Images captured by the Perseverance rover have allowed scientists to peer back in time at what Mars was like billions of years ago. Jezero Crater, the rover’s exploration site on Mars, was a quiet lake 3.7 billion years ago. A small river fed into the lake, sometimes leading to flash flooding that was so energetic, it could carry large boulders from miles upstream and drop them into the lake. The massive rocks are still there today. These findings, which were published Thursday in the journal Science, come from the first scientific analysis of rover images that show outcrops of rocks inside the crater.
The new information shows the importance of sending rovers to explore the surface of Mars. Previous images captured by orbiters had shown that this outcrop resembled the kind of fan-shaped river deltas we have on Earth. Perseverance’s images show definitive proof of the river delta’s existence.
“It helps us understand so much more about the water cycle on Mars,” said Amy Williams, study coauthor and University of Florida astrobiologist, in a statement. “From orbital images, we knew it had to be water that formed the delta, but having these images is like reading a book instead of just looking at the cover. This is the closest I will ever get to going to Mars and doing this work in person. Seeing these rocks as I would in real life, looking up at them, is really staggering and really beautiful.” When Perseverance landed at Jezero Crater on February 18, it was just over a mile away from the delta. Before the rover’s wheels ever started rolling, it immediately began taking pictures and sending them back to Perseverance’s science team on Earth — like Martian postcards with high scientific value.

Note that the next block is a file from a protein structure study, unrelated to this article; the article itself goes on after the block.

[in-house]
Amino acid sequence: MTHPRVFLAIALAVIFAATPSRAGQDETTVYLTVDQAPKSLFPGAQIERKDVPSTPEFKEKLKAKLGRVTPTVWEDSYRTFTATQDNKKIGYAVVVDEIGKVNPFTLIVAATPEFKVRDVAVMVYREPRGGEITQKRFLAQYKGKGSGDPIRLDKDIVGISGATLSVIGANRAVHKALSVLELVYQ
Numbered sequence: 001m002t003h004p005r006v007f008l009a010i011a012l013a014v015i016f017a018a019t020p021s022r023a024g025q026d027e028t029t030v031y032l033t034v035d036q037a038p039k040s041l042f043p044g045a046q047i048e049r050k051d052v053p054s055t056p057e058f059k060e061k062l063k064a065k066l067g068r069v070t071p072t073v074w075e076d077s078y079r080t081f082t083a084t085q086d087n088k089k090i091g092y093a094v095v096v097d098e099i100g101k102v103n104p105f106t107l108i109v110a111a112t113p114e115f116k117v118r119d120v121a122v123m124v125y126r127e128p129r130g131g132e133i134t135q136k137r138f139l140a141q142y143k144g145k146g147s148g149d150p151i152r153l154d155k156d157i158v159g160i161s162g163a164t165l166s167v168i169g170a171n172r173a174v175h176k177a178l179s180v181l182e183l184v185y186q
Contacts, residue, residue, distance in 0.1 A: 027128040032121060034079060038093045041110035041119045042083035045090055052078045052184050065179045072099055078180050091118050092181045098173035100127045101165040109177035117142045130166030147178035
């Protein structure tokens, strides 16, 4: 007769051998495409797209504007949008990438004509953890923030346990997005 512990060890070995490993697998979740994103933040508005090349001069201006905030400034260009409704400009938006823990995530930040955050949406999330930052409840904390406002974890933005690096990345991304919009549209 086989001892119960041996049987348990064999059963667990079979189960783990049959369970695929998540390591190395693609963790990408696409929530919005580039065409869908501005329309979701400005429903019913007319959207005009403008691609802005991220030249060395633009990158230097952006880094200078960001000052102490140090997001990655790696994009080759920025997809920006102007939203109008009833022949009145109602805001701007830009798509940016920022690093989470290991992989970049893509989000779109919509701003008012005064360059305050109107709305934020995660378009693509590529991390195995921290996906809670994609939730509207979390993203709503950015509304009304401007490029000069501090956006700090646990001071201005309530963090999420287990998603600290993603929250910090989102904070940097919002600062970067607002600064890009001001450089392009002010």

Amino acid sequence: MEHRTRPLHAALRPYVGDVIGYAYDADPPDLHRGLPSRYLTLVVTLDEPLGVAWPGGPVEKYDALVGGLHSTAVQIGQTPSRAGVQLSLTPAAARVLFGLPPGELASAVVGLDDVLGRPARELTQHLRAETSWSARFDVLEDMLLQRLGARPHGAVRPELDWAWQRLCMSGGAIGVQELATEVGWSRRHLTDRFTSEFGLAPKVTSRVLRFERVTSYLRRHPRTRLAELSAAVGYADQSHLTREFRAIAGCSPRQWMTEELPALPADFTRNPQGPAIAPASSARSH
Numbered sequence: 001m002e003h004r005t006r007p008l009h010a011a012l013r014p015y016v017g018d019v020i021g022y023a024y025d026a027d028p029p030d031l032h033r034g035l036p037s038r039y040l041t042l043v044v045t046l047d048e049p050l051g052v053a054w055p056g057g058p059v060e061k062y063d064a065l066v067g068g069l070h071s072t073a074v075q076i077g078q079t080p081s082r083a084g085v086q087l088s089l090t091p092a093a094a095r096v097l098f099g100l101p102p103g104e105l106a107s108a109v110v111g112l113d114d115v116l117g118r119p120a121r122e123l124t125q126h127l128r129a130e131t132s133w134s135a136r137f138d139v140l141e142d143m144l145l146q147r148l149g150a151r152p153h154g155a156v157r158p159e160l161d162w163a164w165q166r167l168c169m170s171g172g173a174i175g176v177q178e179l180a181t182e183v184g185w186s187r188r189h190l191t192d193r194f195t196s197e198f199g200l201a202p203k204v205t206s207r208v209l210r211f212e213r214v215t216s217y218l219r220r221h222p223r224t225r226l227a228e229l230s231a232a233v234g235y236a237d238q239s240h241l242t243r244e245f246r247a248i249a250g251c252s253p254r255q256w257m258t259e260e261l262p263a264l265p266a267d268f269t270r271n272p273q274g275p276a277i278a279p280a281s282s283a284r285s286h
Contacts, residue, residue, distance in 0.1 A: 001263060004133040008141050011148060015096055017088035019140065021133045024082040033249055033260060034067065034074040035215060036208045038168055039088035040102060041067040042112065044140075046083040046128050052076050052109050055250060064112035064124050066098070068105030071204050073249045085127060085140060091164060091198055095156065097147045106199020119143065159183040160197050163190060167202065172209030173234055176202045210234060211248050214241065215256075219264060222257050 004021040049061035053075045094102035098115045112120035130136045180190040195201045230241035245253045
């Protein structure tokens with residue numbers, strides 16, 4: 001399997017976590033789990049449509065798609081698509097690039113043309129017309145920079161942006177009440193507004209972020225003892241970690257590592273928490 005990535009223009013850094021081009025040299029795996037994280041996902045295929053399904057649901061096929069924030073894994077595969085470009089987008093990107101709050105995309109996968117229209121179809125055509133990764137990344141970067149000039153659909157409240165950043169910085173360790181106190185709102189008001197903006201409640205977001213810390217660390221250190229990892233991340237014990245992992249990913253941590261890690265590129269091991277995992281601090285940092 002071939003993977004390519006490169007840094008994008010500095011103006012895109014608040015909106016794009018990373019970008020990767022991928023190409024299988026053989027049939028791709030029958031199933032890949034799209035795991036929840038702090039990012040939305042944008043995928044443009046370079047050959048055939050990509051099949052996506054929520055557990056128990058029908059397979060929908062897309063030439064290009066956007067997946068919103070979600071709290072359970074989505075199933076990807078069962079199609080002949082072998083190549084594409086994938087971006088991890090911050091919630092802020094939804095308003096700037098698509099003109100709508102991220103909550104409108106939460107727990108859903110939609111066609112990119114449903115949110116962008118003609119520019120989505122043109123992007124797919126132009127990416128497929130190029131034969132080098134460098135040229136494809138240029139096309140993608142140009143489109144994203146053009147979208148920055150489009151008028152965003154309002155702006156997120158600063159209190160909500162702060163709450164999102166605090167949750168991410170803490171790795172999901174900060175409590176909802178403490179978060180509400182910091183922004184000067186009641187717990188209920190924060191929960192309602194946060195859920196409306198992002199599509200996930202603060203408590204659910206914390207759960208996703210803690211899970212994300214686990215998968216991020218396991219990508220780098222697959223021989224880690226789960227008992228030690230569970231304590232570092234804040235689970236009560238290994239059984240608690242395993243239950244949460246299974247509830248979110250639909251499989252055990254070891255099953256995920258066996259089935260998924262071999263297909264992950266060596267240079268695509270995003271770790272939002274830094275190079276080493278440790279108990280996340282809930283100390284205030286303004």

The top layers of the delta outcrop include large boulders, some as wide as 3.2 feet (1 meter) across that likely weighed several tons. Given their location on the top layer of sediment, they had to have originated from outside the crater. The scientists believe they originated from bedrock on the crater rim — otherwise, they came from 40 or more miles upstream of the lake.
The fact that the large boulders sit on fine layers of tilted sediment also illustrates that the lake was largely calm until it was hit with flash flooding events before drying up. Then, billions of years of wind eroded away at the dry lake bed and delta.”The most surprising thing that’s come out of these images is the potential opportunity to catch the time when this crater transitioned from an Earth-like habitable environment, to this desolate landscape wasteland we see now,” Weiss said. “These boulder beds may be records of this transition, and we haven’t seen this in other places on Mars.”